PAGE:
I’m not going to tell you to slow down. You should absolutely go big, optimize vigorously, and design beautiful systems. But pay attention to what the tool can do:

  • Maybe you already have a tool in your stack that does what you need.
  • Maybe there’s a tool that can fully replace three other tools you’ve been considering.
  • Maybe the new tool doesn’t integrate well.
  • Maybe you’re just not using your current stack to its fullest potential.
  • Maybe the tools you’re wishing for will actually distract you from your quarterly goals.

Stay focused. Educate yourself. Be careful about contracts you sign and team training you invest in.

3. Confusing GTM and Segment

There is some overlap between Google Tag Manager (GTM) and Segment. The differences, though, are major. The two tools are not made for the same purpose.

GTM, as its name accurately puts it, is a tag manager. The name isn’t just a brand; it’s a term that Google coined before coming out with its own tag manager. The tool is great for organizing and loading tags, oftentimes pixels.

It does not process or translate data, nor does it help you work with the output. GTM also lacks a translation (transformation) layer for your data. The tag manager just makes it quicker to add JavaScript to the site.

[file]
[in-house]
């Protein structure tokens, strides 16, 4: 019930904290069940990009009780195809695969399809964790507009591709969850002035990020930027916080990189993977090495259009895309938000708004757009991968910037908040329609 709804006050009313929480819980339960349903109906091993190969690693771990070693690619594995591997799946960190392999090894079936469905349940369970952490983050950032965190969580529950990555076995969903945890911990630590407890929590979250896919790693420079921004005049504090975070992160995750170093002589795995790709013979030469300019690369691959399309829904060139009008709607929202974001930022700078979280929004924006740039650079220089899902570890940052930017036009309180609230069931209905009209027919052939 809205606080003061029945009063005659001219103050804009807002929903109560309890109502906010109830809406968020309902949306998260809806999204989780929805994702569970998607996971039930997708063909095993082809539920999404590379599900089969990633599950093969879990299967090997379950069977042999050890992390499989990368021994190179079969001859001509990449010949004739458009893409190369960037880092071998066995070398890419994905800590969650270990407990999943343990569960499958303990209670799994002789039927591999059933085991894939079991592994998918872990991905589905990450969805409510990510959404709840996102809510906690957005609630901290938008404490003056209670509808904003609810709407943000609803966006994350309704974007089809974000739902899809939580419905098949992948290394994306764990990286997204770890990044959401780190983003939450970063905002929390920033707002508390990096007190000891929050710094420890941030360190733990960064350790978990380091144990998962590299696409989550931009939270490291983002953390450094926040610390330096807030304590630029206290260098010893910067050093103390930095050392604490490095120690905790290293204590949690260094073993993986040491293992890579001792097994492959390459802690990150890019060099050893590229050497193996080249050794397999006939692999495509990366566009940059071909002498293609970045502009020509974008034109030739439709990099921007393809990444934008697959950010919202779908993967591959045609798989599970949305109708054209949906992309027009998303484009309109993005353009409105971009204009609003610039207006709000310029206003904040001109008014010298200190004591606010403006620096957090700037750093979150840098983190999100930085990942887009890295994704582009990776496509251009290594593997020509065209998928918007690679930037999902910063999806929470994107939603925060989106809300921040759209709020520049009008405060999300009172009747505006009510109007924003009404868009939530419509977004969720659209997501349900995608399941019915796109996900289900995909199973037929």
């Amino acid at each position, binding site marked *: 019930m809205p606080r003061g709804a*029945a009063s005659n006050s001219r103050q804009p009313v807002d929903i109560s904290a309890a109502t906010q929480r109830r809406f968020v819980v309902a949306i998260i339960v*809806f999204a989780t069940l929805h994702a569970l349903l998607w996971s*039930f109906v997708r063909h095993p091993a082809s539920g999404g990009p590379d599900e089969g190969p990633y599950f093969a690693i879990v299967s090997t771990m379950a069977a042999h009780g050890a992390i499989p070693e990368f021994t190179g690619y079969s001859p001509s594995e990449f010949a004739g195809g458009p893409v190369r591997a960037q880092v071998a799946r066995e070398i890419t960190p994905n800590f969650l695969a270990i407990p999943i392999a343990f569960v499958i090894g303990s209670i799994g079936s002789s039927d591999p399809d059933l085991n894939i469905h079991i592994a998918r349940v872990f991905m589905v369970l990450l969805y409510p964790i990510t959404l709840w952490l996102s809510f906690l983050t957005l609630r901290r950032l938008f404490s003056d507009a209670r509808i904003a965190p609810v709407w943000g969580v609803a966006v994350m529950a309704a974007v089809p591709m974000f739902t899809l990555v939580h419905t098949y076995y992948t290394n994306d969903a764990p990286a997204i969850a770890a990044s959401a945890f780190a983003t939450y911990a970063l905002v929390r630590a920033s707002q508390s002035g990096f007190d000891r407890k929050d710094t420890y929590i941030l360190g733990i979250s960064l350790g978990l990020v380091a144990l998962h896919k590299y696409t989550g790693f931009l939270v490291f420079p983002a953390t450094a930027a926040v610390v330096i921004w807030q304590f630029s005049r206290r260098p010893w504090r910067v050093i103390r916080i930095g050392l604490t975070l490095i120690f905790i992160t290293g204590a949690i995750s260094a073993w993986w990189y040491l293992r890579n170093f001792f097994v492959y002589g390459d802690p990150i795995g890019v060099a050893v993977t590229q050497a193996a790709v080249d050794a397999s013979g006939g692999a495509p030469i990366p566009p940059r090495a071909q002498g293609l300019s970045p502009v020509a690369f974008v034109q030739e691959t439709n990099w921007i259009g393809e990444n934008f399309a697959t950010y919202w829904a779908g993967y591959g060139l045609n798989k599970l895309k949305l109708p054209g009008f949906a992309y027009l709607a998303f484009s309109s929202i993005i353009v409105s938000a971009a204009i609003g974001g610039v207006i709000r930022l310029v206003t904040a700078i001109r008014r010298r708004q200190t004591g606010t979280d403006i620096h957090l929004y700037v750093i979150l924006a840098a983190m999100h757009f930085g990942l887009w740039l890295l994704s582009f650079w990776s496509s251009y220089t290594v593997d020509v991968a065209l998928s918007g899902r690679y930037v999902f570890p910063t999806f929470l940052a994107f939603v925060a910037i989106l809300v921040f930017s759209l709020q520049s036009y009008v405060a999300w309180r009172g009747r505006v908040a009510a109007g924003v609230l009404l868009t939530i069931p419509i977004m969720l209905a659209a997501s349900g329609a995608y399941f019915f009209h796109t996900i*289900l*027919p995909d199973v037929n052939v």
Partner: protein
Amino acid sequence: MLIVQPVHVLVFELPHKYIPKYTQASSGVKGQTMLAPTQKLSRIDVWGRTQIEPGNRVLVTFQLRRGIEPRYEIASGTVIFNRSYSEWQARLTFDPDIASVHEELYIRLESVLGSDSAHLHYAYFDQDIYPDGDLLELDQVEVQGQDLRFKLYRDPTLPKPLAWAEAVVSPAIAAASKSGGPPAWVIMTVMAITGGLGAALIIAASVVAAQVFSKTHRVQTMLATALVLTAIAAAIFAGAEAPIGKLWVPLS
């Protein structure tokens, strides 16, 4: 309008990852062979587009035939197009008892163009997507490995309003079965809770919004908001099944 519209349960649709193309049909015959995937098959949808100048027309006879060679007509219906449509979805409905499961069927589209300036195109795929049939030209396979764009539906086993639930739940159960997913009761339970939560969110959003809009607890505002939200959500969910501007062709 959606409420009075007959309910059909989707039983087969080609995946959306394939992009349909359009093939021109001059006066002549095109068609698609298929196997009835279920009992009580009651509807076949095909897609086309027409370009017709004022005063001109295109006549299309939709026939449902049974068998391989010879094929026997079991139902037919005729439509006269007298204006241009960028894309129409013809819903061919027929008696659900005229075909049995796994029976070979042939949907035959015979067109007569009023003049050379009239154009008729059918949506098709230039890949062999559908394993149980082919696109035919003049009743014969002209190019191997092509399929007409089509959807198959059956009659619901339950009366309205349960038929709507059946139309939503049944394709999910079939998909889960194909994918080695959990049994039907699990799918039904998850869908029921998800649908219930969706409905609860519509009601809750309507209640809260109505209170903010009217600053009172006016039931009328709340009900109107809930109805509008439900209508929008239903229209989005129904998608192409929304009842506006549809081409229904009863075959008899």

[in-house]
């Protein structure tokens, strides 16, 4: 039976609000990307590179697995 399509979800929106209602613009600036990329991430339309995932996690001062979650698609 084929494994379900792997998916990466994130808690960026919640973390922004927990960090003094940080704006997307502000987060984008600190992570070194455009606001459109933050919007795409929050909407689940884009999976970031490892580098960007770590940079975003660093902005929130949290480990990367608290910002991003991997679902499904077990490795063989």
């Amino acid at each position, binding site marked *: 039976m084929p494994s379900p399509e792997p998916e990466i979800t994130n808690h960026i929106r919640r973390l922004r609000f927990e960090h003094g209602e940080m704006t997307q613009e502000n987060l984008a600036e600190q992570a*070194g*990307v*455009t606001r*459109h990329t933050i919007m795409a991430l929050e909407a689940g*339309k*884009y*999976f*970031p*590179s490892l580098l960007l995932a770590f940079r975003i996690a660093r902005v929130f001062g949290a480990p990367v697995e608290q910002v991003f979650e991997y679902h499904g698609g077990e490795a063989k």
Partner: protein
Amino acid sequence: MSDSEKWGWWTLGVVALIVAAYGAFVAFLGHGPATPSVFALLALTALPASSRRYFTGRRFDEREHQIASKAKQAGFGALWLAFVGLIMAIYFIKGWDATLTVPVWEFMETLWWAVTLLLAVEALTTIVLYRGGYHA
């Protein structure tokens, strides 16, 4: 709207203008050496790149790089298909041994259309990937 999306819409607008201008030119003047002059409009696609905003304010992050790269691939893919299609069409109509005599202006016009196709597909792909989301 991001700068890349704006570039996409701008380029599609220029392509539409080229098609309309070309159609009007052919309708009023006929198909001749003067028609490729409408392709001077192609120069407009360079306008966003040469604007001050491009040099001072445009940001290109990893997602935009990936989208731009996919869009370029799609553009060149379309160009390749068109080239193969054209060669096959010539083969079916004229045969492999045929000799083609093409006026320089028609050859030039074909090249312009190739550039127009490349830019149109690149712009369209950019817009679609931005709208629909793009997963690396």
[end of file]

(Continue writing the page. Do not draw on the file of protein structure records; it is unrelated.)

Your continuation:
Segment, on the other hand, is your customer data infrastructure. It translates data for you, so that you can, for instance, record event actions from one page in several different marketing tools. You can integrate once and write one line of code instead of 15. Further, Segment works on the client-side and server-side, while GTM works only on the client-side. 

What does that look like in the real world? It’s not a matter of GTM vs. Segment. Instead, it’s GTM and Segment. For MarTech stacks we build, we use GTM every time. It’s where we publish our tools and integrations.

Then, we implement Segment through GTM. Segment translates our data so it can be sent into the native tools. It also sends the data to the warehouse. This reduces integration time.

example of data flow and automation with zapier.

4. Having unrealistic expectations about what tools can deliver

You’re exposed to bold sales messages. You don’t have time to test each new tool at length. It’s easy to lack clarity about what tools can do for you. But you can’t afford to make this mistake.

Take the example of the far-too-common confusion between Segment and Google Tag Manager. Expecting GTM to do what Segment is made for can lead to developer turnover and missed sales opportunities.

Also consider reporting tools. The market for marketing reporting is vast, and there’s confusion about what tools deliver, as well as how they’re used. Tableau is well known for its data exploration capability. Comparing it with Google Data Studio’s Explorer (still in beta) is like comparing the master with the apprentice.

tableau demo.
(Image source)

Your team’s expert analyst may go for Tableau as a clear choice. But you may need reports that are easy enough for your intern to make. Data Studio likely beats any other quality reporting tool for the speed of the learning curve.

Further, as tools develop and mature, they sometimes become more similar. You may not need to stress over whether to choose Amplitude or Mixpanel. They can now deliver a lot of the same functionality, and your main decision-making factor could be the pricing model.